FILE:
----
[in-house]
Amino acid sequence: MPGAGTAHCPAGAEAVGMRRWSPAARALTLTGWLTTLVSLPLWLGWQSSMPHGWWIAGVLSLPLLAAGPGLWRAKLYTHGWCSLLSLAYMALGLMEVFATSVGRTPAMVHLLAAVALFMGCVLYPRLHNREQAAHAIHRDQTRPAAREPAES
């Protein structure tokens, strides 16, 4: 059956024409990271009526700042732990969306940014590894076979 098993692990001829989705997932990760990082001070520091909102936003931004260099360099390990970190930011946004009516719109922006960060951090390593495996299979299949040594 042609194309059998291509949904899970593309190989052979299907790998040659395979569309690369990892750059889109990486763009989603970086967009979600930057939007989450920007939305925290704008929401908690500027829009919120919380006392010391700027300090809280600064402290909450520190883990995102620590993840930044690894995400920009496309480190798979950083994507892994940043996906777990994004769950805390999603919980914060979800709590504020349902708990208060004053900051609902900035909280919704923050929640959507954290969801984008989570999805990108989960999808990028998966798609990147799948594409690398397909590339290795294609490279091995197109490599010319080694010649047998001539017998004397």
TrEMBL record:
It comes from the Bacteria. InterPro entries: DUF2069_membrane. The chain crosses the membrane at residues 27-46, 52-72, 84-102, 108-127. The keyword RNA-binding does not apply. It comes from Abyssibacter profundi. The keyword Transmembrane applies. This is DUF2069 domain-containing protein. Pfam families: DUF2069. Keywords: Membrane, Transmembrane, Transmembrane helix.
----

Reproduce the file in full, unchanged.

[in-house]
Amino acid sequence: MPGAGTAHCPAGAEAVGMRRWSPAARALTLTGWLTTLVSLPLWLGWQSSMPHGWWIAGVLSLPLLAAGPGLWRAKLYTHGWCSLLSLAYMALGLMEVFATSVGRTPAMVHLLAAVALFMGCVLYPRLHNREQAAHAIHRDQTRPAAREPAES
């Protein structure tokens, strides 16, 4: 059956024409990271009526700042732990969306940014590894076979 098993692990001829989705997932990760990082001070520091909102936003931004260099360099390990970190930011946004009516719109922006960060951090390593495996299979299949040594 042609194309059998291509949904899970593309190989052979299907790998040659395979569309690369990892750059889109990486763009989603970086967009979600930057939007989450920007939305925290704008929401908690500027829009919120919380006392010391700027300090809280600064402290909450520190883990995102620590993840930044690894995400920009496309480190798979950083994507892994940043996906777990994004769950805390999603919980914060979800709590504020349902708990208060004053900051609902900035909280919704923050929640959507954290969801984008989570999805990108989960999808990028998966798609990147799948594409690398397909590339290795294609490279091995197109490599010319080694010649047998001539017998004397």
TrEMBL record:
It comes from the Bacteria. InterPro entries: DUF2069_membrane. The chain crosses the membrane at residues 27-46, 52-72, 84-102, 108-127. The keyword RNA-binding does not apply. It comes from Abyssibacter profundi. The keyword Transmembrane applies. This is DUF2069 domain-containing protein. Pfam families: DUF2069. Keywords: Membrane, Transmembrane, Transmembrane helix.